Sunday 25th August

Amazing news today from John Harris (BW fisheries warden) who texted me that he'd seen 2 White-throated Dippers Cinclus cinclus at the bottom of the spillway while he was working. Unfortunately, they flew off downstream before he could get a good view or phone photo, but he has seen Dipper before and is fairly confident about his identification. This would be the first record since 1932, when Dippers regularly bred at the Pumping Station. They do occur occasionally at Rickford so it is possible. I checked the river for a mile or more downstream earlier this spring and thought the habitat didn't look too great for them to come up to the Pumping Station again, but who knows? We'll keep an eye open in the next week or two.

Monday 26th August

John saw the mystery birds again today, but is less confident of his initial identification now. So, maybe confirmation will have to wait until I get back later in the week.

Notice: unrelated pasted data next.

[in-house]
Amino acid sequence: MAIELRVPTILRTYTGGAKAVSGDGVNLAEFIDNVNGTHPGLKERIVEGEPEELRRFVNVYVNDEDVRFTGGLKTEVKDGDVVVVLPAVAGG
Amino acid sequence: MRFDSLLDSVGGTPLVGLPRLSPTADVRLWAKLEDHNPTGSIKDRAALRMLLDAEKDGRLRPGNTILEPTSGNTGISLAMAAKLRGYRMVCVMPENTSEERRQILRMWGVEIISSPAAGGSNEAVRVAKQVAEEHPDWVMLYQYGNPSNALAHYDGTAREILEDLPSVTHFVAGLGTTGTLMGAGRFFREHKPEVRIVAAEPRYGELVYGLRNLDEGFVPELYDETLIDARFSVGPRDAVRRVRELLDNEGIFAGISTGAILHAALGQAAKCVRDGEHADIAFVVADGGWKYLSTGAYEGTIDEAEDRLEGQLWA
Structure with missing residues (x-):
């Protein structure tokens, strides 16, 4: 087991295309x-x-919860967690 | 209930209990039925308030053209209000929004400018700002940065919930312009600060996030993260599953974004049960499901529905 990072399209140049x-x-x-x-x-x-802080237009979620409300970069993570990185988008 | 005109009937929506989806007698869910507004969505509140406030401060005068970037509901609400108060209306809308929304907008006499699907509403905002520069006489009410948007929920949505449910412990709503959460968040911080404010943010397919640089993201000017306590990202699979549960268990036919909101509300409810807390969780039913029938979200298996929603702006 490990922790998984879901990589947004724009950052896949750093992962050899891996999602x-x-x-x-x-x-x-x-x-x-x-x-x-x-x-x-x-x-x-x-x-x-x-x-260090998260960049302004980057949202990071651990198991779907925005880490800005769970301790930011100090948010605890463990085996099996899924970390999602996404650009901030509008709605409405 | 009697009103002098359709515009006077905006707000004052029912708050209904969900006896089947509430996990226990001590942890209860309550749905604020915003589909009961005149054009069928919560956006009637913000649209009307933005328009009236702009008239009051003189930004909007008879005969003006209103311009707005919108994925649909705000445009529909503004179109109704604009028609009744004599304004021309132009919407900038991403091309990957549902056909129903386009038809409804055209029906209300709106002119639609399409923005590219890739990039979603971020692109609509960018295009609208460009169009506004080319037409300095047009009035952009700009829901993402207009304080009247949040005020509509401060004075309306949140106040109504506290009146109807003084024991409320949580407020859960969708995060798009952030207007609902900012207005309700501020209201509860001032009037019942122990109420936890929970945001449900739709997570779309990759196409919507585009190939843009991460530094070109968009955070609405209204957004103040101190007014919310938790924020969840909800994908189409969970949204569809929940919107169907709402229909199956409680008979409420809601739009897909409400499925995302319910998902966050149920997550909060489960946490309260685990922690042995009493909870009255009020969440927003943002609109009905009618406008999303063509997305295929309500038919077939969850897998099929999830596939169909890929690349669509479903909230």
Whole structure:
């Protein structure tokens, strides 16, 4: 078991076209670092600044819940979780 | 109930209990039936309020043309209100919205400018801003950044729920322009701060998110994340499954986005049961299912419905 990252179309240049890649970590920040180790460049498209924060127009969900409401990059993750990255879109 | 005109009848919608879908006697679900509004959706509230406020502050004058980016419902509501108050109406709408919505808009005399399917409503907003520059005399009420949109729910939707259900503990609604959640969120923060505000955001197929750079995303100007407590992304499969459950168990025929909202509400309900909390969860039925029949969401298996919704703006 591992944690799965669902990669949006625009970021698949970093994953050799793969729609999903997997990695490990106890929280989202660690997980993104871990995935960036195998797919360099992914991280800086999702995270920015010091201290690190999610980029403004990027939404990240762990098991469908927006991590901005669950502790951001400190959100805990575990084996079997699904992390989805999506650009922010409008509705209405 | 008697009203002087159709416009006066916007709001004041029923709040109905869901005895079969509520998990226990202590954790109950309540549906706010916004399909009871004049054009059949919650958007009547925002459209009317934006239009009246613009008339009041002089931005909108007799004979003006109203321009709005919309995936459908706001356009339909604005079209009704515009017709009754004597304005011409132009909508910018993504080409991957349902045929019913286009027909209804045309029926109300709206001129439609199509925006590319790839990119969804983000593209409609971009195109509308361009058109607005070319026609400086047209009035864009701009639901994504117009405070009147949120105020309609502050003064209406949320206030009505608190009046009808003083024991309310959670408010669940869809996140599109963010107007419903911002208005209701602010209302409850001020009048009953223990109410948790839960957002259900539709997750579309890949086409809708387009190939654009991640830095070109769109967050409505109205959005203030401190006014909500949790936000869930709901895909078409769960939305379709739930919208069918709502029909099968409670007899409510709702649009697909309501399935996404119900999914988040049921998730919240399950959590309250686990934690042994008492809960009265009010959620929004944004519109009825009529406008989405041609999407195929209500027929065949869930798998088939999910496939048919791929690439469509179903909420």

Tuesday 27th August

Paul Williams responded to my plea for news from the lake at lunchtime today as follows:

A Common Sandpiper Actitis hypoleucos in front of the lodge, 2 Green Sandpiper Tringa ochropus in Flower Corner and a Northern Lapwing Vanellus vanellus and Common Snipe Gallinago gallinago on Wookey Point. There were also 30+ Northern Shovelers Anas clypeatus around Wookey Point.

Then Mervyn Pearce emailed the following:

"Hi Nige, very quiet at Blagdon today. I saw those waders on Rugmoor this afternoon 5pm, they were in among the stones not moving, 1 Ringed Plover Charadrius hiaticula adult and the other three not sure. There was 1 Dunlin Calidris alpina with them. I had 2 Green Sandpipers at Top End and 1 Common Sandpiper right of the Dam (Pipe Bay). Also, 2 Common Snipe Top End  and only 1 Northern Lapwing. Tried different places to view the waders but always too far away. 1 Clouded Yellow Colias croceus by the gate at North Shore."

Finally, Sean Davies emailed: "Nothing to add apart from a flock of 14, Ringed Plover (8 or 9) and Dunlin (5 or 6) seen in flight and briefly settled from the Lodge."

Thanks guys - sorry I couldn't post this earlier, I forgot my laptop power cable when I went to York...

Wednesday 28th August